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On Africa’s west coast lies the nation of Cameroon, whose unparalleled natural beauty and biodiversity make it one of the most biologically rich countries on the continent. Sometimes called ‘Africa in miniature,’ Cameroon boasts a diverse array of coastal, mountain, rainforest and savanna habitats that shelter a vast assortment of wildlife, many of which are endangered and found nowhere else.
The Lebialem Highlands in the southwest of the country are incredibly biodiverse, even by Cameroon standards. These forests are home to the Critically Endangered Cross River Gorilla, the Endangered Nigeria-Cameroon Chimpanzee, and a host of threatened and endemic chameleons, birds, amphibians and plants. However, the rapidly increasing human population poses serious threats to these lush highland forests.
In an urgent response to these threats, Rainforest Trust is working with a local partner, Environment and Rural Development Foundation (ERuDeF), to create a new protected area in the Lebialem Highlands: the Bangwa Mbo Wildlife Sanctuary. This reserve will protect 34,794 acres of montane forest vital for the region’s endangered wildlife. With the support of the local and national government, traditional authorities and surrounding communities, the creation of this reserve will add to an immense network of protected areas spanning over 1.5 million acres throughout the region. Rainforest Trust is also supporting the creation of a management plan for Tofala Hill Wildlife Sanctuary, which includes community consultations and hiring eco-guards.
Key Species (Based on IUCN Red List)
Cross River Gorilla (CR), Nigeria-Cameroon Chimpanzee (EN), Drill (EN), Goliath Frog (EN), Bannerman’s Turaco (EN), Forest Elephant (VU), Gray-necked Rockfowl (VU)
Mid-elevation montane rainforest
Loss and fragmentation of habitat, poaching
Create Mak-Betchou Wildlife Sanctuary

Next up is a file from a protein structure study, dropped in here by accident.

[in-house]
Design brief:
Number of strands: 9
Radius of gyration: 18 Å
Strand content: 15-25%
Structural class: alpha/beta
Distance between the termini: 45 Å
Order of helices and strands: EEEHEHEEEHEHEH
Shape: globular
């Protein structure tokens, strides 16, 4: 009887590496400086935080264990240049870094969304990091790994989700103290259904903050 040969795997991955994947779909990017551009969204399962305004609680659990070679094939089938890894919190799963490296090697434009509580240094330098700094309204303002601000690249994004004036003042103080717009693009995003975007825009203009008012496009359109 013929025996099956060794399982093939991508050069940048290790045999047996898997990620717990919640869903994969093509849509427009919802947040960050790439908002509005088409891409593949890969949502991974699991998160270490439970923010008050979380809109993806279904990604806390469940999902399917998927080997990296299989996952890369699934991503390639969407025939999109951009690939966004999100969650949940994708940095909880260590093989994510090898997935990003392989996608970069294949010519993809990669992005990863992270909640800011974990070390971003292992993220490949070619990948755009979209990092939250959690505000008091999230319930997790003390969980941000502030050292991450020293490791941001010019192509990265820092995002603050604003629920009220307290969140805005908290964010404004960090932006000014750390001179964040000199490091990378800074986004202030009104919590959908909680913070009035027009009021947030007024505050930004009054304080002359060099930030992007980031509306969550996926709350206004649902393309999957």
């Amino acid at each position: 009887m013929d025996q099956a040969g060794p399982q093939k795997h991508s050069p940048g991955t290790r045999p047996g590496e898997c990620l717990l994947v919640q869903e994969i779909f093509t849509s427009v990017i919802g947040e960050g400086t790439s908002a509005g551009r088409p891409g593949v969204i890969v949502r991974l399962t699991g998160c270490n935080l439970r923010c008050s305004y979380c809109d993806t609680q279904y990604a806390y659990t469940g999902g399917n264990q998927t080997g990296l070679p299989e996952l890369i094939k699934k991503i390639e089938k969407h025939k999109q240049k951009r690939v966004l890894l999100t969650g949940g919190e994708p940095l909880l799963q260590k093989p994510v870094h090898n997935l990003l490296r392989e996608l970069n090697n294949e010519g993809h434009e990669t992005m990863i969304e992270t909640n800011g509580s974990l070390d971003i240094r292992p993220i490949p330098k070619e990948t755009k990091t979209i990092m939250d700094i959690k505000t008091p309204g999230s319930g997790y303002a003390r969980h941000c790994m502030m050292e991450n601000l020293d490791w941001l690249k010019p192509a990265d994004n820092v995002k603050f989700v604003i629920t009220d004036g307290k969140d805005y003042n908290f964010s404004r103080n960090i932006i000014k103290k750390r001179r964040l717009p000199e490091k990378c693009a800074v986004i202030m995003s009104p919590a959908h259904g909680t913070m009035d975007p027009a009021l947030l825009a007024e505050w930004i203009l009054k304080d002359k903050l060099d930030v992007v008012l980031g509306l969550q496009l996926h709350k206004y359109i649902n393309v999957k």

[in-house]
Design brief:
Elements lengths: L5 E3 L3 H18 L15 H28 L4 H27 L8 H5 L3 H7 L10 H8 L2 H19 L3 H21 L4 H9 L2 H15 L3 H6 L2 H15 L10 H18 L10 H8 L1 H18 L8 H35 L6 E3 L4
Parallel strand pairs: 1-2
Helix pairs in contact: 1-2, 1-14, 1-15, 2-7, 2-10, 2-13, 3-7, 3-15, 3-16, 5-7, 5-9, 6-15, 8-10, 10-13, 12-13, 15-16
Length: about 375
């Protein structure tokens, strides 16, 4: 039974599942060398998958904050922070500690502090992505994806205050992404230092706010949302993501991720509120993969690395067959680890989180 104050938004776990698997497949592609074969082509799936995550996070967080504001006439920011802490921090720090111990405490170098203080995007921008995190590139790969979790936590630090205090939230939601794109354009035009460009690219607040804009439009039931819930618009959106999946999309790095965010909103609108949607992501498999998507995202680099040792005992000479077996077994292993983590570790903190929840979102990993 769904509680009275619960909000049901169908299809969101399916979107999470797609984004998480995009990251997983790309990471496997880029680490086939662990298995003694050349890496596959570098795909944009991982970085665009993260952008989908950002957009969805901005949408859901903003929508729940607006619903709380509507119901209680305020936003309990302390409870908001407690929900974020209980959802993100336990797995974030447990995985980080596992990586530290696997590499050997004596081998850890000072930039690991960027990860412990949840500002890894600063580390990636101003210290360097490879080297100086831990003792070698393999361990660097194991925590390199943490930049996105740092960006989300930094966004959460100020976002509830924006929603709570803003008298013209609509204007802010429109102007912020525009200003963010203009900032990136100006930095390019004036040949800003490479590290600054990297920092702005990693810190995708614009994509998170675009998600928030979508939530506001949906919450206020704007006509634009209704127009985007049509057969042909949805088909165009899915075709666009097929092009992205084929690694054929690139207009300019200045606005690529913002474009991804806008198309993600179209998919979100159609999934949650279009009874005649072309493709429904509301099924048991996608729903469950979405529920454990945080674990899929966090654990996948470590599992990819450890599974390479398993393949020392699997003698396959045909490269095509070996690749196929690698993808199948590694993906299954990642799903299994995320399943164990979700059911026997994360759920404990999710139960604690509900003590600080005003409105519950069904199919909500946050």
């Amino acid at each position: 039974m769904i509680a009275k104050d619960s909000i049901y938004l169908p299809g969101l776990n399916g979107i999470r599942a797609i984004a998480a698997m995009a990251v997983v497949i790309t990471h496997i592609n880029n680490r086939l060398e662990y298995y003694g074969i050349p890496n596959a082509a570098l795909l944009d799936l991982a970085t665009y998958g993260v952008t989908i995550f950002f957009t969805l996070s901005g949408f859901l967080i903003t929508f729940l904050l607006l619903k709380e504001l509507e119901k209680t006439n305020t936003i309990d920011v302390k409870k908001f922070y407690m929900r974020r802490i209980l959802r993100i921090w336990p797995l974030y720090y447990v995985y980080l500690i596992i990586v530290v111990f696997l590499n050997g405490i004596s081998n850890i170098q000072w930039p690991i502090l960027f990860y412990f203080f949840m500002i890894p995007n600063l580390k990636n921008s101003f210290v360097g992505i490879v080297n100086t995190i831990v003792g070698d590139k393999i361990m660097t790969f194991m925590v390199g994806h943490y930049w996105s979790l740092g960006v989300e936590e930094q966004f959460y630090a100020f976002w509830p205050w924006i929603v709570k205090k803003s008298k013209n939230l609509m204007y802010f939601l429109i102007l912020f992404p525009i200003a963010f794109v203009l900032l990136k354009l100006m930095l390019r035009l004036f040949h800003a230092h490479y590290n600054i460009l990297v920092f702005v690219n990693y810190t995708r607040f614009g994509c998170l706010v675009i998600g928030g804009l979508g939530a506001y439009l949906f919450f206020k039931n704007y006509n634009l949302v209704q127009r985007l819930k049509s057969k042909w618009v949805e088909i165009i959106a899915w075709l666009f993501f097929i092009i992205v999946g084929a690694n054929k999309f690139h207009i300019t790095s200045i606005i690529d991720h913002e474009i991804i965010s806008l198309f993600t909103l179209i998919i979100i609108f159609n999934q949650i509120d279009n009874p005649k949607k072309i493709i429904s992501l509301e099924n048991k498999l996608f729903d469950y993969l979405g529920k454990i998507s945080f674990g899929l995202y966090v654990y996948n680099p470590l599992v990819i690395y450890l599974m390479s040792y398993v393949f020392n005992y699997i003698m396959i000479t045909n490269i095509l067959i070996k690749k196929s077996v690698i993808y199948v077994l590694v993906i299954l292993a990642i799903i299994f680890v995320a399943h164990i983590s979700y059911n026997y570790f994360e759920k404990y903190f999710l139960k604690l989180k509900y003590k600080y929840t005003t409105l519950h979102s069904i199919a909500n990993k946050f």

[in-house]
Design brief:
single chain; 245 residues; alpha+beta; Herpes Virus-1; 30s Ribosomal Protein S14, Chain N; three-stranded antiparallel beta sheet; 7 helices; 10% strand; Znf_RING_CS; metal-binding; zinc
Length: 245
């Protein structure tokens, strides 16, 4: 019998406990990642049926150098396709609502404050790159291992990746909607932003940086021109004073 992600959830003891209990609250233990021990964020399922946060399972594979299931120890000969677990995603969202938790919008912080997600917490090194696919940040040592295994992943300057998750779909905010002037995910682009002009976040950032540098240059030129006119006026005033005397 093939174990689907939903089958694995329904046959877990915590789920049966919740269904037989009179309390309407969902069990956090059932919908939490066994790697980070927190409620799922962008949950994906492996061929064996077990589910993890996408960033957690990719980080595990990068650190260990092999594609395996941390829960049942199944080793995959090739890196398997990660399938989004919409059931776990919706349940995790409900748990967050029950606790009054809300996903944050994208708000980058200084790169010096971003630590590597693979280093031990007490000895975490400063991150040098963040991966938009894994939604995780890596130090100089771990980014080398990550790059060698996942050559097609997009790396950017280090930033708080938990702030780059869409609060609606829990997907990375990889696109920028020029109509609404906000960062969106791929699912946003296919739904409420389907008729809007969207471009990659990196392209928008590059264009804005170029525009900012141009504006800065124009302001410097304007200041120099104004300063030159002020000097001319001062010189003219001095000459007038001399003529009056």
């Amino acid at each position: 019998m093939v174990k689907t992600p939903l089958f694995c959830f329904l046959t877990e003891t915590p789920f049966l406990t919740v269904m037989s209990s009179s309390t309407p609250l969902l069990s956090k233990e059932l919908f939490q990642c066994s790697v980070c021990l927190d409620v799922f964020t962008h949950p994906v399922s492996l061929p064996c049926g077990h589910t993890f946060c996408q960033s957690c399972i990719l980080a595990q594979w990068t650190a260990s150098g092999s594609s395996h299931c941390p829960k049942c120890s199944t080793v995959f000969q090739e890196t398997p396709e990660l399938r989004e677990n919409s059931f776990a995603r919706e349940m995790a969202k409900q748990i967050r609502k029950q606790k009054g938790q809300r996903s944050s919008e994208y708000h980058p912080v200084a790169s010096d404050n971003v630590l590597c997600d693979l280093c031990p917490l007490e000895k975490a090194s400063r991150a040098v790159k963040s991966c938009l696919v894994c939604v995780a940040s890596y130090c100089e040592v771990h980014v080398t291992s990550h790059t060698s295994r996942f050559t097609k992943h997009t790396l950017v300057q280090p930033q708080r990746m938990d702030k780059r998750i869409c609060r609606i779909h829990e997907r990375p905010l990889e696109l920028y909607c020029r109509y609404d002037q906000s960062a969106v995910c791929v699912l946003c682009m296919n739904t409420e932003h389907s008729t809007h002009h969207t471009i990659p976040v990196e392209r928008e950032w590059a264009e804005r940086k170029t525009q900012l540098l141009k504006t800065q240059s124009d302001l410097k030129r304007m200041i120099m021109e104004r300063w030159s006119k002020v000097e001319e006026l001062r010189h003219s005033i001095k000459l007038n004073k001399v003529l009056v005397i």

The Environment and Rural Development Foundation (ERuDeF)
Total Cost of Project
Cost Per Acre
The Lebialem Highlands rank amongst the five most biologically diverse conservation regions in Central Africa, both in terms of the numbers of globally threatened species as well as endemic species.
Importantly, these forests are a conservation priority due to their endangered primate populations. The Drill, an Endangered baboon-like monkey found only in Cameroon and Nigeria, depends on the Lebialem Highlands’ forests for its survival, as well as two of the most threatened great apes in Africa: the Critically Endangered Cross River Gorilla and Endangered Nigeria-Cameroon Chimpanzee. Restricted to the Southern Nigeria-Cameroon border, the Cross River Gorilla is Africa’s most threatened great ape with less than 300 individuals left in the wild. Found roughly in the same area, the Nigerian-Cameroon Chimpanzee is the most endangered of the world’s four subspecies of chimpanzee. In addition to primates, the Vulnerable Forest Elephant and a great variety of birdlife call this area home. Considered one of the most important bird areas in Cameroon, hundreds of species have been documented throughout the area, including the Bannerman’s Turaco and Gray-necked Rockfowl. Rare reptiles and amphibians also abound in these forests, including the Endangered Goliath Frog that weighs over seven pounds; these aptly named amphibians are the largest frogs on Earth. Additionally, the region is a center for an enormous variety of West African flora, some of which is found nowhere else.
The main threats to wildlife in the Lebialem Highlands are caused by forest conversion to farmland and habitat fragmentation that could lead to the local extinction of the many globally threatened species that are found there.
As in other parts of Africa, poaching of elephants and other wildlife together with marginalised local economies pose serious challenges to conservation. Forest Elephants and primates are critical for ecosystems to function, serving as essential “forest gardeners” that disperse seeds over long ranges through their fruit-based diets. Without them, rainforest trees are unable to regenerate or maintain diversity.
The local communities involved in this project include four principal ethnic groups, namely the Bangwas, Mbos, Mundanis and the Mocks.
Mostly farmers, hunters and gatherers, these groups collectively make up a population of over 45,000 people from 22 villages.
Thanks to the generous support of our Board members and other supporters who cover all of our operating expenses, Rainforest Trust is able to allocate 100% of donations to conservation action. No board member receives financial benefit and our staff salaries are modest.
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